Maxed out: How many gs can you pull?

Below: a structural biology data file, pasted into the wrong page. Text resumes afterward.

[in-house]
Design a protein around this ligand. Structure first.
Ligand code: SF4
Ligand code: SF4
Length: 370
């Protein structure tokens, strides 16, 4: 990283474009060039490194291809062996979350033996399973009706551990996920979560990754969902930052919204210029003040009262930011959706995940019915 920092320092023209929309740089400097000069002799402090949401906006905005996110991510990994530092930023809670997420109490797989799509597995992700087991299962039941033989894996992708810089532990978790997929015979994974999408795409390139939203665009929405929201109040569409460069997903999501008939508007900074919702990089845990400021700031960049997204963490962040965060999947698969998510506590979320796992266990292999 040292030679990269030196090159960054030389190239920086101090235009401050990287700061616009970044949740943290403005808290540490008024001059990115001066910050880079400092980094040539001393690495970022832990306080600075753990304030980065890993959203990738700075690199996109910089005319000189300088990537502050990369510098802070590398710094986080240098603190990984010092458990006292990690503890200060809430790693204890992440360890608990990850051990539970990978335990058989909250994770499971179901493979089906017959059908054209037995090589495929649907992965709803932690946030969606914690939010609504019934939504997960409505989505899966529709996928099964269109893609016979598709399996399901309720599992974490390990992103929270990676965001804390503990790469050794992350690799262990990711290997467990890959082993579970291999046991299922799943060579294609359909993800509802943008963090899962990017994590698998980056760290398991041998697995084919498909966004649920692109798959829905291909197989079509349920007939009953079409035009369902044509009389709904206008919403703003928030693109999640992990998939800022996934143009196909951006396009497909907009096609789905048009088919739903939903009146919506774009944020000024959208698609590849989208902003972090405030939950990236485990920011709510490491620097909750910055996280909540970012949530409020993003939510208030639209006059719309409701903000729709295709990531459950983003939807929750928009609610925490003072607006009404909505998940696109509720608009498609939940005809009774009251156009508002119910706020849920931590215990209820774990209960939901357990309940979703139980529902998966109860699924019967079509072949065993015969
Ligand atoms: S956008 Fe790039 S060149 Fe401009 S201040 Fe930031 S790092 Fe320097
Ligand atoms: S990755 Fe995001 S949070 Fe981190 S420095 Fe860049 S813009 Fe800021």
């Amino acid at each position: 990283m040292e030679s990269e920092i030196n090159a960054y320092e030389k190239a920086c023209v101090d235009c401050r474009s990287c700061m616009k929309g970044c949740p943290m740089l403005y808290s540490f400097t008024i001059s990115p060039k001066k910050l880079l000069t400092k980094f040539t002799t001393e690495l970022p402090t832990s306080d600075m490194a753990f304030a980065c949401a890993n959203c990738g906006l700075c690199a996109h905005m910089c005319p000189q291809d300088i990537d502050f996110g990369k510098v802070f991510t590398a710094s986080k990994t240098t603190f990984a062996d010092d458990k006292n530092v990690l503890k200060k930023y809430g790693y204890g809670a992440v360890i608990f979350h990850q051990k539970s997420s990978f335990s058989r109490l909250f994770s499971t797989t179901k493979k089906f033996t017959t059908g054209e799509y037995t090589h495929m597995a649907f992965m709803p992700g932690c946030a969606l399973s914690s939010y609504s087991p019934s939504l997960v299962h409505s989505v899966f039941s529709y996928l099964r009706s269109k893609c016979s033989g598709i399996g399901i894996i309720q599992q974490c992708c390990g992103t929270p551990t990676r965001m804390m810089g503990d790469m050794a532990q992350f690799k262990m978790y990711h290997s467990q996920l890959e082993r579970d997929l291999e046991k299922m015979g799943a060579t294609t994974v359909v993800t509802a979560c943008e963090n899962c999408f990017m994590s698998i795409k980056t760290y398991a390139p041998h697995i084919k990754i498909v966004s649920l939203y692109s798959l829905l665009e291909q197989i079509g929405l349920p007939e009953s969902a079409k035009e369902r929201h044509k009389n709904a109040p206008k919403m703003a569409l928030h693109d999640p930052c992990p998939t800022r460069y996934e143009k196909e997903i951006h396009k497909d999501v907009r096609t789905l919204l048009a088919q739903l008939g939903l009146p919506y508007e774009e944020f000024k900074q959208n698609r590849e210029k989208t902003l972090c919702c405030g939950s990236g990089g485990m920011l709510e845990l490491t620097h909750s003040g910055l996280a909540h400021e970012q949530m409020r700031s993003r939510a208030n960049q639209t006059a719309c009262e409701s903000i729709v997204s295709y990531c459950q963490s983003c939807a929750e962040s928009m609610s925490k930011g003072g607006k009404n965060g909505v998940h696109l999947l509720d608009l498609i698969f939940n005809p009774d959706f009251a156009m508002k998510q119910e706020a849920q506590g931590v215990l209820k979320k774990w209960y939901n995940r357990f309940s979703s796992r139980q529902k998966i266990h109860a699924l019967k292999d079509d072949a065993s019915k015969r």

By Clare Wilson The swooping, sickening sensations you experience on a roller coaster come courtesy of brief g-forces of up to 5 g. Rides have to be designed so people don’t black out. Our tolerance of g-forces depends not only on the magnitude and duration of the acceleration or deceleration but also on the orientation of our body. We are most vulnerable to a force acting towards the feet, because this sends blood away from the brain. Five to 10 seconds at 4 to 5 g vertically typically leads to tunnel vision and then loss of consciousness. Fighter jets can pull up to 9 g vertically, and the more a pilot can take without blacking out, the better their chances in a dogfight. Some pilots wear “g-suits” which help push the blood away from their legs and towards the brain. People with the highest g tolerance are known as “g-monsters”. “We have had people who have been perfectly conscious at 6 g,” says physiologist Alec Stevenson of UK-based defence firm Qinetiq. Others pass out at 3 g, he says. Pilots can boost their natural g tolerance by training inside centrifuges, like the one Qinetiq has in Farnborough in Hampshire. They learn to tense their leg and abdominal muscles to push blood to the upper body, and to breathe in a special way, straining hard as if defecating when constipated, to raise blood pressure. The greatest vertical force anyone has withstood is 31.25 g, although for that the subject,